10. A thermostatic valve controls the vacuum supply for number 9. (Audi 80 part number was 049 129 630 A). On the cold, connecs air intake atmosphere and m. On hot, connects both their pipes with air intake atmosphere. Vacuum system sucks air through a very delicate hole. Easy to check working with heat blower (cold motor running same time). See Figure 10.
  11. Delay nozzle – a narrow tube with an internal diameter of 0,4mm – a kind of air jet slowing dramatically the vacuum increase in the system. If you apply a vacuum at point p, vacuum actuator №6 work and the vacuum dropped from this point of the vacuum actuator №6 will be released very slowly. (Audi 80 part number 049129638)
  12. The vacuum tank.
  13. Vacuum unit fortifier for choke. When applying a vacuum to the outlet o (eg, through the mouth 🙂 slightly lifts the valve if choke fortifier is pulled (located in the cabin). If the vacuum drops at this point valve closes immediately. This system is needed in order to slightly lift the flap fortifier immediately after a cold start. 
  14. Stage II vacuum actuator for the second chamber of the carburettor. This opens second throttle flap when engine is heavily stressed and has high rpm. Needs definitely vacuum port n to work.
  15. Electric valve overrun. It has no relation to the vacuum system, and is shown here ”to the heap.”
  16. co% adjustment (see figure 5)
  17. idle adjustment  (see figure 5)

e: vacuum port ~5mm below primary gas flap. Gives vacuum always except at WOT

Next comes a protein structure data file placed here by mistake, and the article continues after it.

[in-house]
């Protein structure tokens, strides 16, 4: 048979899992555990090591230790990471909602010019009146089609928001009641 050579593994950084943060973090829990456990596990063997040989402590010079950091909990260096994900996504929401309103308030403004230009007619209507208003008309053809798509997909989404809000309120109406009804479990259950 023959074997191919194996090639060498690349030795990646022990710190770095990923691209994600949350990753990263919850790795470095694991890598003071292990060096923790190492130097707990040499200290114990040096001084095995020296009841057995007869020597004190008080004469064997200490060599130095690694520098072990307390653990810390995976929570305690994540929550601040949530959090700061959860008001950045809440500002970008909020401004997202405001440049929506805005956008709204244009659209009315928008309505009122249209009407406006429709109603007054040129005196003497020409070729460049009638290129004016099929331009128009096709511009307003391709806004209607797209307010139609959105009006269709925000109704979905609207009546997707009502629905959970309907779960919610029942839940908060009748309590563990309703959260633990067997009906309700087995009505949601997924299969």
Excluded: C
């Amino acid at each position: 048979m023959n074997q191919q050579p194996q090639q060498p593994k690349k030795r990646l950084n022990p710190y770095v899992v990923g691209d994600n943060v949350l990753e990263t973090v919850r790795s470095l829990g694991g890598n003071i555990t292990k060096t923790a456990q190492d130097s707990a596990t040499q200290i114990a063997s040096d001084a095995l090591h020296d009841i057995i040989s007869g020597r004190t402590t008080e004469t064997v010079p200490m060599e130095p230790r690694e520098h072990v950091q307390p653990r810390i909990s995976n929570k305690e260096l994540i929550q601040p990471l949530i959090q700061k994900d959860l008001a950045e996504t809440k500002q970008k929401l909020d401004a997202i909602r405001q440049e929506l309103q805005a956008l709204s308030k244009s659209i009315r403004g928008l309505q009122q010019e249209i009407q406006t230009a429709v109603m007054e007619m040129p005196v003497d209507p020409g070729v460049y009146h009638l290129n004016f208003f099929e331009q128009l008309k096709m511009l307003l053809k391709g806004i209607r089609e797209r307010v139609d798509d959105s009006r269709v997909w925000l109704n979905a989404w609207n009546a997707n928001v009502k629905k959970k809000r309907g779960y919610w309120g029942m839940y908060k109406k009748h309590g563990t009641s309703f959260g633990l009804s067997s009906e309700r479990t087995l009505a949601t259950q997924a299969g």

f: vacuum port ~2mm on top of primary gas flap. Gives vacuum at partial throttle position.

g: vacuum port ~1mm  on top of primary gas flap. Gives vacuum at partial throttle position, earlier than f. So-called ”ported vacuum” for ignition distributor vacuum advance.

n: vacuum port ~3cm on top of primary gas flap. Gives vacuum only in high RPM.

h: vacuum port ~5mm below secondary gas flap. Gives vacuum always except at WOT


An arrangement of vacuum system

The node numbers on these figures correspond to the signature Fig.1.
Right-left means that we stand against the vehicle speed and the engine is located across the (VW). vehicle travel direction is shown by a blue symbol

Figure 2. Top view of the right of the carburettor.

EGR valve №2 showing, cleverly hiding from the camera because of the hoses.


Figure 3 Top view of the right of the carburettor but closer to the cabin


Figure 4. View of the carburetor top left.


Figure 5. View of the carburetor shot from the right side. (Frontside in Audi 80)

Figure 6. View of the carburetor shot from the left side. From the point o the vacuum hose is disconnected. Screw t allegedly used to adjust the idle speed.

Figure 7. View of the carburetor removed from the front. (Driver side on Audi 80), pulldown actuator (14) removed.


Figure 8. View of the carburetor shot back
. Notice that Audi 80 model does not have f, g nor e (on right on picture) vacuum ports. Black tube that goes from the top, leaving a loop, is not a hose, but sable supplying power to the electric valve overrun №15.


Figure 9. Carburetor in VW Golf and Audi 80:


Figure 10: Intake air preheating vacuum switch


Figure 11: 3-way vacuum switch